Washington State - What's your preferred partnership setup?

12 Replies

Investors of Washington State! How do you prefer to setup partnerships for your investments -- is it through an LLC, LP, or something completely different? Are there some unique state laws and regs that make one kind preferable to another?

There are a lot of variables that are not know here to advise, you should make the investment to consult with an attorney now as it will save you more money in the end, but setting things up properly in the beginning, especially if you are working with a partner. 

@Wes S. From a financing stand point, if you want Fannie Mae / Freddie Mac financing to get the best terms and rates, then you need to buy or hold the properties in your personal name. If you do that, I would suggest that you max. out the liability coverage on your landlord policy and follow it up with an umbrella for 1-5 million. 

If you decide to hold or buy them in an entity, you will be forced to finance them through a portfolio or commercial loan. In that case, your best bet is to call all the local community banks and see what their portfolio/commercial terms are? I would also try some credit unions as well.

I would still recommend that you max. out the liability coverage's on the polices, depending on the insurance company though, they may allow you to have a personal lines policy or some may force you into commercial. Shop around there as well. 

Good luck, happy investing!!! 

Thanks for the insight! When it comes to working with a partner though, is it common to do that through some kind of Limited Partnership, or simply by means of a contract? And are there any Washington State specific concerns when it comes to this?

@Kevin R. has a good point about the financing, so you would need to chase that to ground, but all other things considered, I would do it in an LLC every time. The insurance policies don't discourage frivolous lawsuits the way a properly set-up legal structure can. The point of having a good legal structure (IMO), is to provide the best tax benefits, and the best legal protection, but you SHOULD be doing the setup work with an attorney. I recommend Anderson Business Advisors, but I'm sure there are others who are "on the level" (not all attorneys are!).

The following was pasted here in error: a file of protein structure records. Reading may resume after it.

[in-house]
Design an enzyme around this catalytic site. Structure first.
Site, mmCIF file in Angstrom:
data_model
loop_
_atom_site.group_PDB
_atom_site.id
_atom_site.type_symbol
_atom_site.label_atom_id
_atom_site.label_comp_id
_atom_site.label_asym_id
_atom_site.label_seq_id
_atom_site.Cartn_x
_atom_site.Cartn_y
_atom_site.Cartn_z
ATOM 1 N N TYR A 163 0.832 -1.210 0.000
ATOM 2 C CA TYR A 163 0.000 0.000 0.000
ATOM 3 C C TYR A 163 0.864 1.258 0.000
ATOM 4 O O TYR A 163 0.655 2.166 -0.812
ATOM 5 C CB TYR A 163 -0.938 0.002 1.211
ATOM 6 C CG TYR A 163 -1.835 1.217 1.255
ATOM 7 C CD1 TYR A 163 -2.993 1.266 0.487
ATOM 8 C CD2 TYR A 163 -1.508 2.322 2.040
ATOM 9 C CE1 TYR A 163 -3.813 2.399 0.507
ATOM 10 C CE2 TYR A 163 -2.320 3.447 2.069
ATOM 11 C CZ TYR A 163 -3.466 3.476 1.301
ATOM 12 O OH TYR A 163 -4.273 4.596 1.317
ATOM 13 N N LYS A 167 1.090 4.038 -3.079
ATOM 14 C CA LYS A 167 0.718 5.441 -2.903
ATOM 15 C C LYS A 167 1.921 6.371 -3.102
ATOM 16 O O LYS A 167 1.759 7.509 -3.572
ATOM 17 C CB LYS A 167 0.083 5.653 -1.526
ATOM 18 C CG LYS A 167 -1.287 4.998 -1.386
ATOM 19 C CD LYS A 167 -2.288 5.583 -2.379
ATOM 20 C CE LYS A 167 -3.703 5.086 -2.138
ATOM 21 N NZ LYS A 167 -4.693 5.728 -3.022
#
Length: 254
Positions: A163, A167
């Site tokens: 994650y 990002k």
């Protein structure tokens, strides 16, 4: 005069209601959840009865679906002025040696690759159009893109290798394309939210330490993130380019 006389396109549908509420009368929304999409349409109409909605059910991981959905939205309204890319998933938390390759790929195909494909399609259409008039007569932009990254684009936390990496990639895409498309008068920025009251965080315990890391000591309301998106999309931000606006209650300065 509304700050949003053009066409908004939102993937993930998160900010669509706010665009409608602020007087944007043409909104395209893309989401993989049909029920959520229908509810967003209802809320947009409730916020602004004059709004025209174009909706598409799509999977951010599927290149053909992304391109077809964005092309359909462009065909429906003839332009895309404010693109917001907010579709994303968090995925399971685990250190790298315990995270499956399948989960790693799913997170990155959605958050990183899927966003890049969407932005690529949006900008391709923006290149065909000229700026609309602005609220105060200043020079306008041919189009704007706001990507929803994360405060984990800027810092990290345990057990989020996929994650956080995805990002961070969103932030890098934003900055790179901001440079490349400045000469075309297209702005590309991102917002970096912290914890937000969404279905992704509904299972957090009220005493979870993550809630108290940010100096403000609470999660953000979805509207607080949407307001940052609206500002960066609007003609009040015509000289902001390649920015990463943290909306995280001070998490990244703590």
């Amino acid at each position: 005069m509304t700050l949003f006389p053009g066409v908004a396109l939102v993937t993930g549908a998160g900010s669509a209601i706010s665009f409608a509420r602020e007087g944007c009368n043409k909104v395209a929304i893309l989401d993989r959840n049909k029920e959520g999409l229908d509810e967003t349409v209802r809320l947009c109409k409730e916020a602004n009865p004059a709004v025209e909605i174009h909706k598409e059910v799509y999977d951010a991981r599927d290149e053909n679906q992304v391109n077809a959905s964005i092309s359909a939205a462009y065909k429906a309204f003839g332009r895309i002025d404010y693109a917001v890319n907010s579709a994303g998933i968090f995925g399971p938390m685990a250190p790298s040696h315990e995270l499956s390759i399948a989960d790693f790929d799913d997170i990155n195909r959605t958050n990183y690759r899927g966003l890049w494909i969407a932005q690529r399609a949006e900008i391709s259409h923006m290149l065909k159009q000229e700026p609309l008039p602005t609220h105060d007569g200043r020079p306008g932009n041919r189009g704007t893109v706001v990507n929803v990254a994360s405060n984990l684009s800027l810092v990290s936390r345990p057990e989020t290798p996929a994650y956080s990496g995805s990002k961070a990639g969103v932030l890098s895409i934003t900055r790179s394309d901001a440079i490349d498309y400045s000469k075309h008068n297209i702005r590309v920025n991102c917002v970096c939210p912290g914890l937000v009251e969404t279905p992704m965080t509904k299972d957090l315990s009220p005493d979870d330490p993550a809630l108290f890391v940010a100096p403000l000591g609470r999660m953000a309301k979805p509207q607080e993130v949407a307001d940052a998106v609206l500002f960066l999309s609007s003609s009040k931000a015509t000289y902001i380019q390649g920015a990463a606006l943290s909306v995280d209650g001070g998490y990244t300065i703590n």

I've done it in three ways for flips:

1. LLC - both partners would be on title

2. JV Agreement - one or both partners can be on title (in their separate names/entities)

3.  Promissory Note & Deed of Trust - the capital partner can just have a lien against the property, while the other partner is on title.  You can state the return the capital partner will get in the Promissory Note (even a percentage profit split).  Note that some hard money lenders don't like having junior lienholders.

Originally posted by @Wes S. :

@Nghi Le That's great, exactly what I was wondering. From a nuts-and-bolts perspective, how do you pay out your partners? Just in a monthly transfer from your bank account?

That sounds more like a lender than a partner.  For my private lenders, I just pay at the end of the loan term or when the project is completed, depending on how it's structured.  I haven't done any monthly payments in the past couple of years.

We have an LLC with all my family as the members since WA has no age minimums for members.

Because our 2 boys can own 2% each, it keeps my wife and I from owning 50% each safely.  

If you sell less than 50% in any calendar year - no excise tax.  

We are set up to sell our commercial LLC properties excise tax-free if done right.

LLC membership also educates kids about business ownership. My 12 year old has owned apt buildings since he was 1 week old. Their k-1 income flows directly into mutual funds, teaching them about investing. I've been able to pull them out of school to go to closings. Pretty cool!